Household Portfolio Diversification: A Case for Rank-Dependent Preferences
AbstractThe proliferation of novel preference theories in financial economics is hampered by a lack of non-experimental evidence and by the theories' additional complexity which has not been shown to be critical in applications. In this article I present arguments in support of preferences with rank dependency. Using the Survey of Consumer Finances data, I document two widespread patterns inconsistent with expected utility: (i) many households simultaneously invest in well-deversified funds and in poorly-diversified portfolios of stocks; and (ii) some households with substantial savings do not invest anything in equities. I show that portfolio choice models with rank-dependent preferences, plausibly parameterized and under fully rational assumptions, are quantitatively consistent with the observed diversification. These results call for further efforts to integrate the models of rank-dependent preferences in portfolio theory and asset pricing. Copyright 2005, Oxford University Press.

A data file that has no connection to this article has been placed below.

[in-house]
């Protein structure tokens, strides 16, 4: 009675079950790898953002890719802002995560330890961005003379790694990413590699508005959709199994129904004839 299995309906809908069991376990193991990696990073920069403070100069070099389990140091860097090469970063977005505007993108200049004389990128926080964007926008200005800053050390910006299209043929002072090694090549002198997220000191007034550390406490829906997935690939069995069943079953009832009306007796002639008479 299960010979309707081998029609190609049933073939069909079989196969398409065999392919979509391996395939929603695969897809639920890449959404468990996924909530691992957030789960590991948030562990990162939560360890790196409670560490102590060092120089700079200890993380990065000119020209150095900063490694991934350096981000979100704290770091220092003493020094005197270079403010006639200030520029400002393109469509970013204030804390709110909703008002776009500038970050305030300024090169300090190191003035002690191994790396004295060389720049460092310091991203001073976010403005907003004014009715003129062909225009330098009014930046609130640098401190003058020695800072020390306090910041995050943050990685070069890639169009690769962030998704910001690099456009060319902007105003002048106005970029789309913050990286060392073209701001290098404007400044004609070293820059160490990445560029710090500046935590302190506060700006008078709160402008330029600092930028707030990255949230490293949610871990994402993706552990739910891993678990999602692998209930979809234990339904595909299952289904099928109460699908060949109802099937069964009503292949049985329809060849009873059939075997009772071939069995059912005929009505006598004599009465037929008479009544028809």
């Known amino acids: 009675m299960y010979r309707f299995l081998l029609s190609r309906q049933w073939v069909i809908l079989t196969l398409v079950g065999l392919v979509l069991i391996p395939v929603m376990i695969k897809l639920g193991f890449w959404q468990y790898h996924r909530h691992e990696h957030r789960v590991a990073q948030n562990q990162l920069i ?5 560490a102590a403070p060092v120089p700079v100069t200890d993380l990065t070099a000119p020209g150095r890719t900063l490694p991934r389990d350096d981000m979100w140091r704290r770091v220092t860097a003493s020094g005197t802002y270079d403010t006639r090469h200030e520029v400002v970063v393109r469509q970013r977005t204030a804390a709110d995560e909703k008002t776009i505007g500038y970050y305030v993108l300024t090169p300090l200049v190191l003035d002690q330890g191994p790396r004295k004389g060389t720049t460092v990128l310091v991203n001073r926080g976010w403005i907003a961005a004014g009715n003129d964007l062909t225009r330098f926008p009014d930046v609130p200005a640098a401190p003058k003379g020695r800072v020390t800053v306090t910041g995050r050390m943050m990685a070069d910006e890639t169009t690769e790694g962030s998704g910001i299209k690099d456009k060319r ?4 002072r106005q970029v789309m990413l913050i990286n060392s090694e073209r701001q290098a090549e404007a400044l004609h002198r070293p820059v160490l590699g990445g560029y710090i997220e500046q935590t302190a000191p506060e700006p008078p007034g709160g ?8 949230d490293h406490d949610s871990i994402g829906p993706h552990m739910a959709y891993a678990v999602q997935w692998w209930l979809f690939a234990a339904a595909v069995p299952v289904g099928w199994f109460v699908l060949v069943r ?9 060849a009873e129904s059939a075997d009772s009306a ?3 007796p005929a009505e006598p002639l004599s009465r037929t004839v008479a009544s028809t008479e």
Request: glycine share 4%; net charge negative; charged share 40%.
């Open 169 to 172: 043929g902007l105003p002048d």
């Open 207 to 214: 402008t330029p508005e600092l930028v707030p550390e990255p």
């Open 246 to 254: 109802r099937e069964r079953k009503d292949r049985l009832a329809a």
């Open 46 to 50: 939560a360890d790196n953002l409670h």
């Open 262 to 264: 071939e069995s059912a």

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Bibliographic InfoArticle provided by Society for Financial Studies in its journal The Review of Financial Studies.
Volume (Year): 18 (2005)
Issue (Month): 4 ()
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